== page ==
AMERICAN PREDATORY LENDING AND THE GLOBAL FINANCIAL CRISIS
ORAL HISTORY PROJECT
The following Oral History is the result of a recorded interview with Lynn Drysdale conducted by Andrew O’Shaughnessy on July 16, 2020. This interview is part of the Bass Connections American Predatory Lending and the Global Financial Crisis Project.
Readers are asked to bear in mind that they are reading a transcript of spoken word, rather than written prose. The transcript has been reviewed and approved by the interviewee.
Transcriber: Sherry Zhang Session: 1
Interviewee: Lynn Drysdale Location: By Zoom
Interviewer: Andrew O’Shaughnessy Date: 7/16/20
Andrew O’Shaughnessy: My name is Andrew O'Shaughnessy. I am a J.D. candidate at the Duke University School of Law. I'm also a research assistant for the Global Financial Market Center’s American Predatory Lending Project. It is Thursday, July 16th, 2020. I'm speaking remotely with Lynn Drysdale to conduct an oral history interview. Ms. Drysdale, thank you for joining me today.
Lynn Drysdale: Oh, sure. Thank you for asking.
Andrew O’Shaughnessy: So we'd like to start [by] establishing [a little bit about] your background. I understand you got your J.D. from the University of Florida. Are you from Florida originally?
Lynn Drysdale: No, North Carolina actually, originally. High Point, which if you're at Duke, you're familiar with High Point… if for no other reason than the barbecue[.] I've been in Florida since ‘73, so that's quite a bit of time.
Andrew O’Shaughnessy: So what led you from law school to a career in Legal Aid?
Lynn Drysdale: I don't even know how I ended up in law school, quite honestly. I just graduated with a psychology degree, undergraduate, and didn't have any passion to do anything in particular. My roommate was going to go take a prep course for the LSAT and she didn't want to do it by herself…. [L]ong story short, I just landed at law school because I thought, ”Well, I did okay on the LSATS; I'll apply for law school. And if I get in, I'll go, if not, I'll do something else.” And so that's the way it happened.…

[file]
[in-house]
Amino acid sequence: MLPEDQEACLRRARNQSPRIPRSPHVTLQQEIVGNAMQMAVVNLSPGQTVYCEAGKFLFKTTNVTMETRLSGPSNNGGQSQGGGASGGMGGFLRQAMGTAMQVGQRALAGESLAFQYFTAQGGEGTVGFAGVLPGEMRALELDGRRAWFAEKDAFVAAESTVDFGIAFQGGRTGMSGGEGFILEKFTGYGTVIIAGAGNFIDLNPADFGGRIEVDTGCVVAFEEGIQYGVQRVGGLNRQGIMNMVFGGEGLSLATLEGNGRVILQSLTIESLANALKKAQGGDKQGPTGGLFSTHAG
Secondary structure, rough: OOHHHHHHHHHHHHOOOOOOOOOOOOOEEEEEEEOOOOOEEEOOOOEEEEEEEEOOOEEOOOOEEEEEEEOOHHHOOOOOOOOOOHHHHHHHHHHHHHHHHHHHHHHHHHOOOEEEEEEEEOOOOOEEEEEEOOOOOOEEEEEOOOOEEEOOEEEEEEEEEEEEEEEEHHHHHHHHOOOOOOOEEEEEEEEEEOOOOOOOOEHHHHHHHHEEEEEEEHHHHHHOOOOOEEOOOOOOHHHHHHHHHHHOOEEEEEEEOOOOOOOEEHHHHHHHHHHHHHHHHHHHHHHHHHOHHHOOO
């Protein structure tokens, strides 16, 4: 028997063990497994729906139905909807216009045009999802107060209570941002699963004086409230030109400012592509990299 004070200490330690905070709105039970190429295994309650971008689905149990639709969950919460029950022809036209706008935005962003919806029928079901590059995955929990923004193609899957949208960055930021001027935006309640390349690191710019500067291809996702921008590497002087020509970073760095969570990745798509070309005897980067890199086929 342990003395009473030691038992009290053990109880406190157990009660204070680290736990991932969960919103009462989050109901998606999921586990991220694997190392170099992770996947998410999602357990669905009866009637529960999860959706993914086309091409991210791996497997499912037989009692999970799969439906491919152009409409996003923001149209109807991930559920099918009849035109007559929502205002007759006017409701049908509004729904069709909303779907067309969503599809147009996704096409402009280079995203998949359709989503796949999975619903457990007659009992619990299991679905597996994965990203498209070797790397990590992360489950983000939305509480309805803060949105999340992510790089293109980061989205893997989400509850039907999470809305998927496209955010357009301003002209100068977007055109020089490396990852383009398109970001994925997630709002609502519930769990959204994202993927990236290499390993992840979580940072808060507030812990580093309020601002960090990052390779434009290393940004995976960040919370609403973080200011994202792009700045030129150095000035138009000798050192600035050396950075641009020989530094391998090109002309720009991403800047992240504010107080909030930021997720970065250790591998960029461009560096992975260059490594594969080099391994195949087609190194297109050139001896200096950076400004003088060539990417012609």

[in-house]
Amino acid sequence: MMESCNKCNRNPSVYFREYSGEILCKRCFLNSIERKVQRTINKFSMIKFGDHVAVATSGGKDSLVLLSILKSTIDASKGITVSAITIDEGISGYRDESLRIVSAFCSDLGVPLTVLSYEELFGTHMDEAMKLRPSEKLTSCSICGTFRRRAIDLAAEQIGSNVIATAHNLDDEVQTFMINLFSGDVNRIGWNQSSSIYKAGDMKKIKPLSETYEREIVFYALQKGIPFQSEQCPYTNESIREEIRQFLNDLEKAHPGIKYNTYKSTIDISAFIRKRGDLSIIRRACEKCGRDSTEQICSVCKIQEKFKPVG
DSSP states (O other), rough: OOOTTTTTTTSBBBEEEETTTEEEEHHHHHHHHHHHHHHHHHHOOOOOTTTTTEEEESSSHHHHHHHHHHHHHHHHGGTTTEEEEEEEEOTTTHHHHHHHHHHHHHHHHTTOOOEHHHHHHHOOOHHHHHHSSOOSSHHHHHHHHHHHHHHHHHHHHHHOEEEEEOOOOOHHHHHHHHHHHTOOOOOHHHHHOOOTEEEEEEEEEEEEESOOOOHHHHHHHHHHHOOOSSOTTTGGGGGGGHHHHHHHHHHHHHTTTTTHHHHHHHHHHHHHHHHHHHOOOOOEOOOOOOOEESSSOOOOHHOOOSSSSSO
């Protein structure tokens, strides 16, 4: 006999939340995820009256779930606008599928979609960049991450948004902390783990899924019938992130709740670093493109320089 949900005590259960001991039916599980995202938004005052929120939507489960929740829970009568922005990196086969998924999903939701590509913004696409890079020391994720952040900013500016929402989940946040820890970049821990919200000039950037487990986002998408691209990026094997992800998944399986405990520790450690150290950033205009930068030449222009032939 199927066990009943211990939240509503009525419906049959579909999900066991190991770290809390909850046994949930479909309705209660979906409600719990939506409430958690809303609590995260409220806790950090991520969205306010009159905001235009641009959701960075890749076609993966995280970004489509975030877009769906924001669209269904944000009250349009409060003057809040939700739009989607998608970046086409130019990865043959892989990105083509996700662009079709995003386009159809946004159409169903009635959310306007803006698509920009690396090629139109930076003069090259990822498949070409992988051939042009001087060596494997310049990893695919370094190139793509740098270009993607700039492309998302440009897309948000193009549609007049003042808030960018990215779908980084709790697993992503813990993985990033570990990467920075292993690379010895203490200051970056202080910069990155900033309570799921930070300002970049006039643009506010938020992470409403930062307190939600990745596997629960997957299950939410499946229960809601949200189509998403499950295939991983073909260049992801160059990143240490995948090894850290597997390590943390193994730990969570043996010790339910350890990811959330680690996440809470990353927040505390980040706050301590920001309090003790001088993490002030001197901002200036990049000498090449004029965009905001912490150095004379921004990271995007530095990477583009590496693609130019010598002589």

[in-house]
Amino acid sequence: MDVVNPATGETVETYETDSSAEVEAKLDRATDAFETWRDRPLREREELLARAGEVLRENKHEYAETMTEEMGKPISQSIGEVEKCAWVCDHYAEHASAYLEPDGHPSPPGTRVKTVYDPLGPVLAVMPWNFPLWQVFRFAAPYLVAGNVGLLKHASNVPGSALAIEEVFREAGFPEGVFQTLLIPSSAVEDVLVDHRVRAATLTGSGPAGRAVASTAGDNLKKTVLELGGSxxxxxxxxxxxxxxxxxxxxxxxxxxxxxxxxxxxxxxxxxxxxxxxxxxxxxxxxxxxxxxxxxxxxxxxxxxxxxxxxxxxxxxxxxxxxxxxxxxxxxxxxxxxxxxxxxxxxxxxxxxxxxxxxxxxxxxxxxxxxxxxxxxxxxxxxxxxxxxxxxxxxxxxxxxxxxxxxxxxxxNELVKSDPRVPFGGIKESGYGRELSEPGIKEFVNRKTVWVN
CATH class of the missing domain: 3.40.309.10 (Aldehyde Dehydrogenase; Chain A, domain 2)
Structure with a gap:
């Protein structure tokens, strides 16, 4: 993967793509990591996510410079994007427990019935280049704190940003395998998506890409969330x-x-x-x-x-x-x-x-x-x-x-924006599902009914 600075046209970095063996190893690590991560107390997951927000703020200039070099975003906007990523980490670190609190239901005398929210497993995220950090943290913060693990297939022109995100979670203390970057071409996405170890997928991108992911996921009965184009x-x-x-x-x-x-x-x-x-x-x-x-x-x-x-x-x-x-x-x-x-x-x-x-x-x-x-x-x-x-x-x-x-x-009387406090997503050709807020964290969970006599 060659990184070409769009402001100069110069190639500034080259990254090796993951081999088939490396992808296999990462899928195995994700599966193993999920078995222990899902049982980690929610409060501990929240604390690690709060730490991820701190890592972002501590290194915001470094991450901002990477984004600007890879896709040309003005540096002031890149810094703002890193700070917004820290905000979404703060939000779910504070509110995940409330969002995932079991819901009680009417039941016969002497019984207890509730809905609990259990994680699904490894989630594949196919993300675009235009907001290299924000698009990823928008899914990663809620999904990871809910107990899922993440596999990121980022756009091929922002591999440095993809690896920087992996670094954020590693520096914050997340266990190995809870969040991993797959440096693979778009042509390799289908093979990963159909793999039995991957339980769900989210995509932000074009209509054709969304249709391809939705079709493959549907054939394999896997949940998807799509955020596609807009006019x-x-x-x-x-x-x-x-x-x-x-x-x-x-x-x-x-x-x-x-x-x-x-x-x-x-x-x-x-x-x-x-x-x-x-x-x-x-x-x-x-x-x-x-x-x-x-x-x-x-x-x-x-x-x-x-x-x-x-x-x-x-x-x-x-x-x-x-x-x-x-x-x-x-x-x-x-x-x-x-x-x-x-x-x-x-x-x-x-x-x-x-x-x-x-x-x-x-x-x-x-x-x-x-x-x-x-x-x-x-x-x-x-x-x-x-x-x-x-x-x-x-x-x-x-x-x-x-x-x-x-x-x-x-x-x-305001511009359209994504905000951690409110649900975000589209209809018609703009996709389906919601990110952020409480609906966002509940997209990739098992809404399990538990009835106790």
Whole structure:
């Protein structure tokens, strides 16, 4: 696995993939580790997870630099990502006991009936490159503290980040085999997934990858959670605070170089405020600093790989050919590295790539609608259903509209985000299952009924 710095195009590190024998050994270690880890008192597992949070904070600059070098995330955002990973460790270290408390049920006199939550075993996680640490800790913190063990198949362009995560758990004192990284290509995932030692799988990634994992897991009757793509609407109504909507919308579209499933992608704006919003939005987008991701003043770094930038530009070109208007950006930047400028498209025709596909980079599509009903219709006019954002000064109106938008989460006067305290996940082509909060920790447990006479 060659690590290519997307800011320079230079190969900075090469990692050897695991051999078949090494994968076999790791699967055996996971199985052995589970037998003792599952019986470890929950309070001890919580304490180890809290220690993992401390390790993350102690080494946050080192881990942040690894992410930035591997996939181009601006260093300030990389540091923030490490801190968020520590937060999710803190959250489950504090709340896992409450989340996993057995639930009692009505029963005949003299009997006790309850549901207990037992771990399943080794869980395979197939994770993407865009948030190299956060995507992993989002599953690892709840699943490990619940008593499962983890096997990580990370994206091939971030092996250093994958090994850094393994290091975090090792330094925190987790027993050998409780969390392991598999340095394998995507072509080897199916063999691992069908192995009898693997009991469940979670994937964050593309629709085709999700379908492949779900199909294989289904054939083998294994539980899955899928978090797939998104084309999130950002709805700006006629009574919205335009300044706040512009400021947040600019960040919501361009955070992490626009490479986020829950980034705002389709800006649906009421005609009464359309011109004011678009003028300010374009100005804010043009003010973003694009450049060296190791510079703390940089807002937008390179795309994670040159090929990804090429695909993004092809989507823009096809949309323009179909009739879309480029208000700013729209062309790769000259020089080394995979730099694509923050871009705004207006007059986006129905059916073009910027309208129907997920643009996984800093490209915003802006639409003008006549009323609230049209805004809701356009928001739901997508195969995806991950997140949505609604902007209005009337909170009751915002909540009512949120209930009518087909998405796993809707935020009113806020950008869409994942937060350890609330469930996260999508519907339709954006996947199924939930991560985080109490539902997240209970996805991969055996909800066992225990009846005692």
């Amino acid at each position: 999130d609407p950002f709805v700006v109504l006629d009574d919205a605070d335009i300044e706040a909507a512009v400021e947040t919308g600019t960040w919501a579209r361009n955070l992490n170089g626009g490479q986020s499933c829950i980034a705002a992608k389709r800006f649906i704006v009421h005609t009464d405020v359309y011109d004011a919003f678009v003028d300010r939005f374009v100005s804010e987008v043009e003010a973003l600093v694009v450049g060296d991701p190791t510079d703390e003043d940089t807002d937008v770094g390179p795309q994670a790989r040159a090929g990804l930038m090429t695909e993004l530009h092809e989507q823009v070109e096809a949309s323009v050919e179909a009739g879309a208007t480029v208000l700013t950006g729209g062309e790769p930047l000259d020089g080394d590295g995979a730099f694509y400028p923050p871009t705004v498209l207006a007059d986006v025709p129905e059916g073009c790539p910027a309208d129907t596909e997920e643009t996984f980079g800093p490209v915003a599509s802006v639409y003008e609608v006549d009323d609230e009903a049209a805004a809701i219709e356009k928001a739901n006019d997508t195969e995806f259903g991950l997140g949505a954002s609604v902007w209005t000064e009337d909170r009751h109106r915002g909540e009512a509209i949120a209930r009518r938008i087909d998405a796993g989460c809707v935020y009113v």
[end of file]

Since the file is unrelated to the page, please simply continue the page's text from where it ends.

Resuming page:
Andrew O’Shaughnessy: Can you connect the dots between law school and the Legal Aid Society?
Lynn Drysdale: The same sort of serendipitous situation. I was not the brightest bulb in law school. And so I got a low-level, personal-injury-type job that I hated straight out. [I] lasted there a year and I moved onto something where I thought I'd be doing more corporate law. And then within a year of going there, the firm split up. So I had nowhere to go. I had been volunteering at Legal Aid. [T]he receptionist there said, “Well, why don't you apply for a job here?” And so I thought, “Well, why not? I need a job.” And they hired me in 1988 on a six-month contract at Legal Aid. And then I just found my passion, but it was all completely serendipitous. There was no plan at all.
Andrew O’Shaughnessy: In the context of your professional life, once you started at Legal Aid, when and how did you first become involved in issues related to residential mortgage lending?
Lynn Drysdale: Right away.… At that time, anybody that worked at legal services handled divorces, and then you branched out into other areas. Because the person whose place I was taking did bankruptcy cases and real property cases, I just took them over. I was finding that I was having some really interesting cases relating to residential mortgages, and it was an area of the law that not many people were involved in. So it felt like we were getting involved at the ground level. And I just got a lot of support from the National Consumer Law Center. I have always been a proponent of trying to figure out who else might be able to come up with a better plan than me and enlisting others. So when I came across something in a case that seemed interesting to me, I just picked up the phone and called the National Consumer Law Center, just thinking, “What's the worst they could do?” And the answer was, to not take my call.